Sleepless in Susa

Read: Esther 5:6:1-3

On that night the king could not sleep. And he gave orders to bring the book of memorable deeds, the chronicles, and they were read before the king. (v. 1)

Have you ever experienced a coincidence that felt more like an act of Providence? Author Frederick Buechner says that a coincidence is God’s way of remaining anonymous!

Much has been made of the fact that the name for God never appears in the book of Esther. Yet, God’s presence is palpable in the triple coincidence of this passage. First, the king has trouble sleeping. Then, he asks for the annals to be read to him. Finally, the passage that is read is the one about Mordecai saving the king from assassination. Perhaps this last one wasn’t a coincidence at all, but a conscious decision on the part of the king’s servants who knew that Mordecai had not received any reward. Be that as it may, God’s fingerprints are all over the servants’ decision.

There is a sense in which the whole outcome of the book of Esther hinges on these happy coincidences. It’s a wonderful reminder of what the Heidelberg Catechism means when it talks about the fact that “without the will of my Father in heaven not a hair can fall from my head” (Heidelberg Catechism, Question and Answer #1). —Carol Bechtel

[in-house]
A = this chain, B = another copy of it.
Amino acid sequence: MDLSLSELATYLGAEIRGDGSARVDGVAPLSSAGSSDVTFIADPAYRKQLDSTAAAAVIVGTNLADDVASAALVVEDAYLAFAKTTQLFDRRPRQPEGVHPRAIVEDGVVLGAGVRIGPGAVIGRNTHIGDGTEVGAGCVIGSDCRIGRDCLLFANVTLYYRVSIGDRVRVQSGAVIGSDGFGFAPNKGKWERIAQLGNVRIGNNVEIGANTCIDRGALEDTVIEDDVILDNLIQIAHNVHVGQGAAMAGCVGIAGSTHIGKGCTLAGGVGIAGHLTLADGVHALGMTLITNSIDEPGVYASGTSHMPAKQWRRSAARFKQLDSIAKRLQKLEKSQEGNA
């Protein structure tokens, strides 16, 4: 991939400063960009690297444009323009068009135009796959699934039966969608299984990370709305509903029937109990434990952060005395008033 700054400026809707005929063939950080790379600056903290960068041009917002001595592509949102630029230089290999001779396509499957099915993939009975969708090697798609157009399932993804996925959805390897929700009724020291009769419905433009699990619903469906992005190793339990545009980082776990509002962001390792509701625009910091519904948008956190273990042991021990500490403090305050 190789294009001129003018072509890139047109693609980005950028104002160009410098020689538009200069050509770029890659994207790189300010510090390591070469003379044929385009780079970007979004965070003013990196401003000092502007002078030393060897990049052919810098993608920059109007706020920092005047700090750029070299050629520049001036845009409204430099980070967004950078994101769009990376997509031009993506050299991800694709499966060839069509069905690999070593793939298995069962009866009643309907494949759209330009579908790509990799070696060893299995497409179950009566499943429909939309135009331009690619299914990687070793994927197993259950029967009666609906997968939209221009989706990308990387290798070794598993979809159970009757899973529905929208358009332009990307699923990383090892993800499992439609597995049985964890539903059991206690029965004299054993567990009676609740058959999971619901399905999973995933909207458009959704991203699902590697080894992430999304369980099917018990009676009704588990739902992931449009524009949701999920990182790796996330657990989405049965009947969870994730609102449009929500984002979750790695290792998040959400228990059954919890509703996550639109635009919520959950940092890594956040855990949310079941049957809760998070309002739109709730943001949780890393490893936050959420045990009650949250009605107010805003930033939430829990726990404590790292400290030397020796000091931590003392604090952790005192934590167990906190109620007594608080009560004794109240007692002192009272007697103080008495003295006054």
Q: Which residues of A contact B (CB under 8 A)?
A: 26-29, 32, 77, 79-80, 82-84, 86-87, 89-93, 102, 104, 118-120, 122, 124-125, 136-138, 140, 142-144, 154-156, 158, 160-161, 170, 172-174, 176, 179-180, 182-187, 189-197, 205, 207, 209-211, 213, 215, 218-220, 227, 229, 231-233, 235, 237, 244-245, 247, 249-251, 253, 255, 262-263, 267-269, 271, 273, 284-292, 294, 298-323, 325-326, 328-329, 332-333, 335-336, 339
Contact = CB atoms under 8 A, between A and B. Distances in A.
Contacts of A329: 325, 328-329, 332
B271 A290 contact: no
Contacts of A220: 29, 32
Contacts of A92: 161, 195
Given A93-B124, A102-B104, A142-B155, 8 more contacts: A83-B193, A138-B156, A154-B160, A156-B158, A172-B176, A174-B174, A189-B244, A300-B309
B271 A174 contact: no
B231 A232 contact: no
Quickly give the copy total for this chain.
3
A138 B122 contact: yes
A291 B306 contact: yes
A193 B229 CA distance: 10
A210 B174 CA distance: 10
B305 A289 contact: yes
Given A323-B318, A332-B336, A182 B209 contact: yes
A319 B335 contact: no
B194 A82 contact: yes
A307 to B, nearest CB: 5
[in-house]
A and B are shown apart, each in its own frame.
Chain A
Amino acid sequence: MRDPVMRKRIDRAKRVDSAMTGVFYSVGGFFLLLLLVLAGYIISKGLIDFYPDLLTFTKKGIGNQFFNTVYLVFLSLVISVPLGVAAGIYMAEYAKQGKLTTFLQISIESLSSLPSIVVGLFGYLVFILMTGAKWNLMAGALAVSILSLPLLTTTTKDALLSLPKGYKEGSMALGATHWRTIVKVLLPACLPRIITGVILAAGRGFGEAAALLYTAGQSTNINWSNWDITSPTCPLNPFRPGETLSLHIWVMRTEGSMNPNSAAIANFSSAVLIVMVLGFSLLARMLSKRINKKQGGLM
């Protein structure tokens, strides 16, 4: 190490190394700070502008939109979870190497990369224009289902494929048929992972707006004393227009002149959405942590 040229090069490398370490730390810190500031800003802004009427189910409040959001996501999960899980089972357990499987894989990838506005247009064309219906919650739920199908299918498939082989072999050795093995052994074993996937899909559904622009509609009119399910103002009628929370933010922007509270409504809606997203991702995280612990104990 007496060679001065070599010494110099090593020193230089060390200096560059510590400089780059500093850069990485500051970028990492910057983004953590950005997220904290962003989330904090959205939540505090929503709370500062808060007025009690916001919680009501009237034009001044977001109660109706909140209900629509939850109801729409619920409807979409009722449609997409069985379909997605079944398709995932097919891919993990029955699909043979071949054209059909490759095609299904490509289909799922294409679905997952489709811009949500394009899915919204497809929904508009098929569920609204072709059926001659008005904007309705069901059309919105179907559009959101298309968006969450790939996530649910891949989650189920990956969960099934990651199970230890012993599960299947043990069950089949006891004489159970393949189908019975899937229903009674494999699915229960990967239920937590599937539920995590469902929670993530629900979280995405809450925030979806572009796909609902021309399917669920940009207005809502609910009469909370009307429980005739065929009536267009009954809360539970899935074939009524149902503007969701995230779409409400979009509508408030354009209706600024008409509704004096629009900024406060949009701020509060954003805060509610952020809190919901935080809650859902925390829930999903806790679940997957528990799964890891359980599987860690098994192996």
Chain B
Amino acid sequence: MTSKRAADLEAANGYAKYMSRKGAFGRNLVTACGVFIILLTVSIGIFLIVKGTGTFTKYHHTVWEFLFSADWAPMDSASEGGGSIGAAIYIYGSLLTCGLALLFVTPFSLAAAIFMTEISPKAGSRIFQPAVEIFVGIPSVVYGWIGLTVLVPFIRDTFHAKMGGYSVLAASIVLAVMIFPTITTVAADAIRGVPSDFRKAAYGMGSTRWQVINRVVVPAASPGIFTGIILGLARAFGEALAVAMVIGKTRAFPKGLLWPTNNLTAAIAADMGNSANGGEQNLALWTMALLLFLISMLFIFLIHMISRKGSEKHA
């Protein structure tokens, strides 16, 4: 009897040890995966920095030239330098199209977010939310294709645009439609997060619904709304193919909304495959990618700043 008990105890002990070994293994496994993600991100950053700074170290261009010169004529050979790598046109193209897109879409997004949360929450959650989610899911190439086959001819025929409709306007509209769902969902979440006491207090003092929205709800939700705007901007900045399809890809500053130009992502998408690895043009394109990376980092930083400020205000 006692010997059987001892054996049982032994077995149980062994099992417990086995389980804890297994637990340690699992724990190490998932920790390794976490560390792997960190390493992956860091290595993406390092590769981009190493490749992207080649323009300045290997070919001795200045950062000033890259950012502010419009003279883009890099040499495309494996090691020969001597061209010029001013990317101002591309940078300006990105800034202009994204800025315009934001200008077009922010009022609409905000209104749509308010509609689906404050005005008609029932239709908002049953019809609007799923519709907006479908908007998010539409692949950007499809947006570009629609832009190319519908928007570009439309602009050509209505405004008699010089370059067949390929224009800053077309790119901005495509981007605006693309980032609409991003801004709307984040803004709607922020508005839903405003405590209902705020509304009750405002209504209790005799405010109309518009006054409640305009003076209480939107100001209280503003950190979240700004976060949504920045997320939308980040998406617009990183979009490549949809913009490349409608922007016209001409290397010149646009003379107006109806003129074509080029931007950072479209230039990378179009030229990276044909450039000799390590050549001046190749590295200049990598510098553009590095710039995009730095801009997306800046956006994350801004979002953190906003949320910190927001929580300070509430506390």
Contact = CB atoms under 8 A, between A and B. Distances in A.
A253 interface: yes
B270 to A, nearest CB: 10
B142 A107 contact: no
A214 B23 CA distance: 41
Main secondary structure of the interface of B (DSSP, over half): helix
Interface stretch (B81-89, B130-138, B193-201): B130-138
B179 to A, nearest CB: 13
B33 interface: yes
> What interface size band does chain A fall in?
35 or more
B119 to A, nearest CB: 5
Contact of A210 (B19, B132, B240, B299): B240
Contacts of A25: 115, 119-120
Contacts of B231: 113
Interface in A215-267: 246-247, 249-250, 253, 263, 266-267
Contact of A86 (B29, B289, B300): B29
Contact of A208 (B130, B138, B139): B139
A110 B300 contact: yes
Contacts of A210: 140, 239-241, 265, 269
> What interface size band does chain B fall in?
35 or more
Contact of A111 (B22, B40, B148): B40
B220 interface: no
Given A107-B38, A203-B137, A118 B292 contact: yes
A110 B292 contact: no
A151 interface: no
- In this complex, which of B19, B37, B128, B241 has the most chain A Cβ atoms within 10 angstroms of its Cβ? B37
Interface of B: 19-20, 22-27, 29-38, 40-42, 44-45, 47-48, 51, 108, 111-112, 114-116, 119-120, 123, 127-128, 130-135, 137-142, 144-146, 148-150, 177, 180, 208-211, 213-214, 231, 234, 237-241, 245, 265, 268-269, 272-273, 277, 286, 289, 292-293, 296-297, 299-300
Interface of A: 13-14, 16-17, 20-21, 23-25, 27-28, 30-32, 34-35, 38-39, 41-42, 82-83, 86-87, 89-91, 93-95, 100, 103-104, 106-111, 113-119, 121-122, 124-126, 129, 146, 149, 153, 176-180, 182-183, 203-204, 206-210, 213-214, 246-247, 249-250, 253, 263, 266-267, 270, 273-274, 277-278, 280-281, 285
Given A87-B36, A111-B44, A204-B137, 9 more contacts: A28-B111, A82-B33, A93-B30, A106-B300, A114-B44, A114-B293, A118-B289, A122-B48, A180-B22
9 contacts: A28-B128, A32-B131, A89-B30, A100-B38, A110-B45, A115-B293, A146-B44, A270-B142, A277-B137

As you pray, thank God for his providence, and ask for his help in trusting his love and care in your life.

About the Author

carol bechtel
Carol Bechtel

The Rev. Dr. Carol Bechtel is Professor of Old Testament at Western Theological Seminary in Holland, Michigan where she has taught since 1994. Dr. Bechtel preaches and teaches widely and is a General Synod Professor of Theology in the Reformed Church in America. She served as President of the RCA’s General Synod and moderator of its General Synod Council. She also serves as the Executive Director of the American Waldensian Society. Her publications include a commentary on Esther for the Interpretation series, and several Bible study books and curricula.

She now lives in Holland, Michigan with her husband, Tom Mullens. They have four children and seven grandchildren. Her hobbies include singing, cooking, gardening, and the Celtic harp.